How Do Other Notable ESPN Suspensions Compare With Bill Simmons's?

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ESPN dropped a three-week suspension TV personality and Grantland honcho Bill Simmons last night, somehow working that large stick even deeper into its collective anus. How does Simmons's punishment compare with other notable suspensions handed down by the ever-suspension-happy ESPN in the past?

Steve Phillips: suspended indefinitely and eventually fired after admitting to an affair with an ESPN production assistant. If you'd like to know all the sordid details of that affair, we've got you covered.

Mike Tirico: suspended three months for reportedly sexually harassing multiple female colleagues.


Max Bretos: suspended 30 days for using the phrase "chink in the armor" on air while discussing the weaknesses in Jeremy Lin's game. (A copy editor who used the same phrase in an headline was fired.)

Teddy Atlas: suspended one month for getting into an altercation with an ESPN2 production crewman.


Bill Simmons: suspended three weeks for criticizing Roger Goodell during one of his podcasts.

Tony Kornheiser: suspended two weeks for making inappropriate remarks about colleague Hannah Storm's wardrobe. (He'd also made a Chris Berman crack that probably factored into the suspension.)


Bill Simmons: suspended from Twitter for two weeks for getting into a Twitter beef with WEEI.

Keith Olbermann: suspended two weeks for going on The Daily Show and calling Bristol, Conn., a "Godforsaken place."


Jemele Hill: suspended one week for a Hitler reference in a column.

Dana Jacobson: suspended one week for having a public and drunken meltdown at the Mike and Mike roast.


Max Kellerman: suspended one week for discussing his personal history with domestic violence on the air.

Stephen A. Smith: suspended one week for going on First Take and talking about the role women play in provoking their own beatings.


Sean Salisbury: suspended one week for showing a group of female colleagues a picture of his dick.

Tony Kornheiser: suspended one week for making critical remarks about ESPN management on his radio show.


Eric Schoenfeld: suspended one week for physically threatening Tony Kornheiser's radio producers.

Michael Irvin: suspended one week for failing to tell ESPN that he had recently been arrested for possession of drug paraphernalia.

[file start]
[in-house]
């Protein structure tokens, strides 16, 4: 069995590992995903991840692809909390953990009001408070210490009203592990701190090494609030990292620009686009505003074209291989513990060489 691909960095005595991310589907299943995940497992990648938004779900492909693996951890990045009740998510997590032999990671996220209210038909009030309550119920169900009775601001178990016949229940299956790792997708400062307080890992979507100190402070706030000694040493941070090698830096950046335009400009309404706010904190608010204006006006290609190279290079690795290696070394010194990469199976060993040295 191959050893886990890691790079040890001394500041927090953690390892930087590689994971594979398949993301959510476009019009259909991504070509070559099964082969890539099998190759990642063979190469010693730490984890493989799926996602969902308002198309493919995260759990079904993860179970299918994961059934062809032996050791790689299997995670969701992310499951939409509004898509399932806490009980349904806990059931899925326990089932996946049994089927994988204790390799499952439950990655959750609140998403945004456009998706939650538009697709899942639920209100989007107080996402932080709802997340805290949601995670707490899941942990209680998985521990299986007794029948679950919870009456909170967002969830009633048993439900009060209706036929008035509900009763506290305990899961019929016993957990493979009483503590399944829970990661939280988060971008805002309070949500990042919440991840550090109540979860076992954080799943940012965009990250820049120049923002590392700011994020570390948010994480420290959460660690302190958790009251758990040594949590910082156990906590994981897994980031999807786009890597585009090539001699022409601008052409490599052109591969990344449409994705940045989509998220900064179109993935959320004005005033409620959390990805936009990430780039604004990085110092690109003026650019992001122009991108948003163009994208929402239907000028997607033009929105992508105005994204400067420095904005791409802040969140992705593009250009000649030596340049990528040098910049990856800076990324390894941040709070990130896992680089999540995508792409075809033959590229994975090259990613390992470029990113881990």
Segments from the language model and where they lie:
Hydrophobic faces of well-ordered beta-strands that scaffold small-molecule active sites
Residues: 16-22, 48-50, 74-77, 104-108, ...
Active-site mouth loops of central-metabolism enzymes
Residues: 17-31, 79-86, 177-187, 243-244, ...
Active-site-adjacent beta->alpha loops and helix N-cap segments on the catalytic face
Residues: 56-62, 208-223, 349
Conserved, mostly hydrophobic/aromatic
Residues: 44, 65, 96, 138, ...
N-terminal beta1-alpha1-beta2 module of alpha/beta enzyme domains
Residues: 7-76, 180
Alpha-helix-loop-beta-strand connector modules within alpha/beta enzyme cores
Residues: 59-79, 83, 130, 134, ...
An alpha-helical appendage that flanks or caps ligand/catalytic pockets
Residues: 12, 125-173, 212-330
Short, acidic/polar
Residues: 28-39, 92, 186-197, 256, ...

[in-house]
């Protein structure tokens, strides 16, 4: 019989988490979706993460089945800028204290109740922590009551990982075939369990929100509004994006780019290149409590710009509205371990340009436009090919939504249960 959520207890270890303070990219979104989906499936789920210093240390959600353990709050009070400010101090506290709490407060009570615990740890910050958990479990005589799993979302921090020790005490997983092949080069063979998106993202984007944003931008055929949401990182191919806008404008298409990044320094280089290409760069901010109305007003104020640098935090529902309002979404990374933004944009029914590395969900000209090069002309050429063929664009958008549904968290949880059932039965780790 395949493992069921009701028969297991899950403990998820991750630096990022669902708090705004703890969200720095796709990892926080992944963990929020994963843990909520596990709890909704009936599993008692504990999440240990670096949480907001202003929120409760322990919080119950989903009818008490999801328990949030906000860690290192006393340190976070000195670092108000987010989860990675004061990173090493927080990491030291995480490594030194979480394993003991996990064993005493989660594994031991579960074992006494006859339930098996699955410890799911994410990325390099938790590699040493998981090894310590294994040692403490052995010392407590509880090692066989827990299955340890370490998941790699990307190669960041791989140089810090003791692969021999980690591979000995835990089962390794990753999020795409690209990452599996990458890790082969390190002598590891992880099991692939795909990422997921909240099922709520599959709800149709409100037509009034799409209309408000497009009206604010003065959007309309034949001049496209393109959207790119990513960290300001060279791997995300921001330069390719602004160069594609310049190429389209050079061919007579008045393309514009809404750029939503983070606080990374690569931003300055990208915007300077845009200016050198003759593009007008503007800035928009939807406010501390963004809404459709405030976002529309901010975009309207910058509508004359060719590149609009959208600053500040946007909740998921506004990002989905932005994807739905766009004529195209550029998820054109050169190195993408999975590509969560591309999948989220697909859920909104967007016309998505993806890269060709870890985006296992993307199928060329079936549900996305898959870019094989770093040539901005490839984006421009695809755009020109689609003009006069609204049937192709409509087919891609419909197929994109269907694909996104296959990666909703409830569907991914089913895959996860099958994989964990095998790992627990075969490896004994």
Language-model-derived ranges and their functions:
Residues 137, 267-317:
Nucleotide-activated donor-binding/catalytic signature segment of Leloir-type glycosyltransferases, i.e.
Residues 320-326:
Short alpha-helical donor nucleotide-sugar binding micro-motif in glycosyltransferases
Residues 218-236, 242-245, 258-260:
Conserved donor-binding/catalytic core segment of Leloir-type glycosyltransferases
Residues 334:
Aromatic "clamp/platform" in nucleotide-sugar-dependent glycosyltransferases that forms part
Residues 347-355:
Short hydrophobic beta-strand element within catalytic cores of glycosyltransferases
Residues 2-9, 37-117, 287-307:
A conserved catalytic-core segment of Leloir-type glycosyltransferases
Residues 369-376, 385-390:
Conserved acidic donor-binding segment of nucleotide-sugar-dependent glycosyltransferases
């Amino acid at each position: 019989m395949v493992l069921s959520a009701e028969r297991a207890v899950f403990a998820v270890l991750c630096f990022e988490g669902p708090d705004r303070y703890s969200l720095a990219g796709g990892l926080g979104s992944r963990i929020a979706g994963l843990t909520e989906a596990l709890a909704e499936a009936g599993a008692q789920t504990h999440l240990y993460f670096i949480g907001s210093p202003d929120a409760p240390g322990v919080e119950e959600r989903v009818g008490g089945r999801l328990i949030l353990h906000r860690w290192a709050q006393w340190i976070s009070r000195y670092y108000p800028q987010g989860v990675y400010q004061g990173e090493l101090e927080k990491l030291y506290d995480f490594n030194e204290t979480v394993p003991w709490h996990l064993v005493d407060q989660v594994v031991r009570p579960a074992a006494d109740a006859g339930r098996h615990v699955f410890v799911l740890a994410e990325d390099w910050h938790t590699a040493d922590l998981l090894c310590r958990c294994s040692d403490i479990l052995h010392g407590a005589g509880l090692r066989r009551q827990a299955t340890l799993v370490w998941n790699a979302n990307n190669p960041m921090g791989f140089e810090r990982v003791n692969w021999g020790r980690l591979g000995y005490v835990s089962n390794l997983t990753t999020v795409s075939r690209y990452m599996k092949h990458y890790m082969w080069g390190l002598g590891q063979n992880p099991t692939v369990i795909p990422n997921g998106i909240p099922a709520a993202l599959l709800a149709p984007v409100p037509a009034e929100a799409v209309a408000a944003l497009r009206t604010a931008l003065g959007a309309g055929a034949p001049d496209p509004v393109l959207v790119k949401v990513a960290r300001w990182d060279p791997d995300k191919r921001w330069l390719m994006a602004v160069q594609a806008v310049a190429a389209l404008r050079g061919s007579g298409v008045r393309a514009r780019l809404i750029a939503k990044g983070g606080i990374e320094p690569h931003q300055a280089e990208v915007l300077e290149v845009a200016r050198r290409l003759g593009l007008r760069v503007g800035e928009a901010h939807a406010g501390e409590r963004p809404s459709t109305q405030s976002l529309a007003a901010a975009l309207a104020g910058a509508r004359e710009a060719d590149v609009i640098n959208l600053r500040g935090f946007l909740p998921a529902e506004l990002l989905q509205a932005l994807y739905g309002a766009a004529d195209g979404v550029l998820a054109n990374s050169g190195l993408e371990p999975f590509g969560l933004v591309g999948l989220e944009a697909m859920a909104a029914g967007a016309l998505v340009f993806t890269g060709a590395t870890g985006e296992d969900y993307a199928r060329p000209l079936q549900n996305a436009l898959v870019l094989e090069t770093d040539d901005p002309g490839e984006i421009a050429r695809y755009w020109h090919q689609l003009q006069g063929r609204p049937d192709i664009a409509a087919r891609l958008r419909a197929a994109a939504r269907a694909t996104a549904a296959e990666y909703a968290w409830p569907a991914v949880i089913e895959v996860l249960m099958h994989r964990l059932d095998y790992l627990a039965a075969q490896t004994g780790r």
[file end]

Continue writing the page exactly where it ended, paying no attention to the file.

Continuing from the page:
Bob Griese: suspended one week for joking about NASCAR driver Pablo Montoya eating tacos.

Jay Mariotti: suspended one week and eventually fired for his involvement in a domestic-violence dispute.


Brian Kinchen: suspended one week for making a gay joke while calling a college football game. He'd said that wide receivers need to "caress" the ball and be "tender" with it, before saying, "That's kind of gay, but hey ..."

Bucky Waters: suspended from play-by-play duty for one game after his riff about UConn guard Jerome Dyson's nine steals. "I bet there weren't any hubcaps left in the parking lot," he'd said. "[Dyson] just stole everything—fillings, hubcaps, the works."


Dan Le Batard: suspended two days for trolling LeBron James with a billboard.

Bill Simmons: suspended from Twitter for two days after tweeting criticism about First Take.


Bruce Feldman: "not suspended" for one day after writing a book with former Texas Tech head coach Mike Leach, who was suing ESPN at the time of the book's publication. It was first reported that Feldman had been suspended indefinitely by ESPN, even though he'd gotten permission from them to write the book. ESPN immediately claimed that Feldman wasn't suspended at all, but Feldman went on the radio a month later and made it pretty clear that he had been suspended.

Eric Kuselias: suspended for an unknown period of time after allegedly harassing a female colleague.


Scott Van Pelt: suspended for an unknown period of time for talking shit about Bud Selig on his radio show.

If we've missed any, let us know in the discussion section.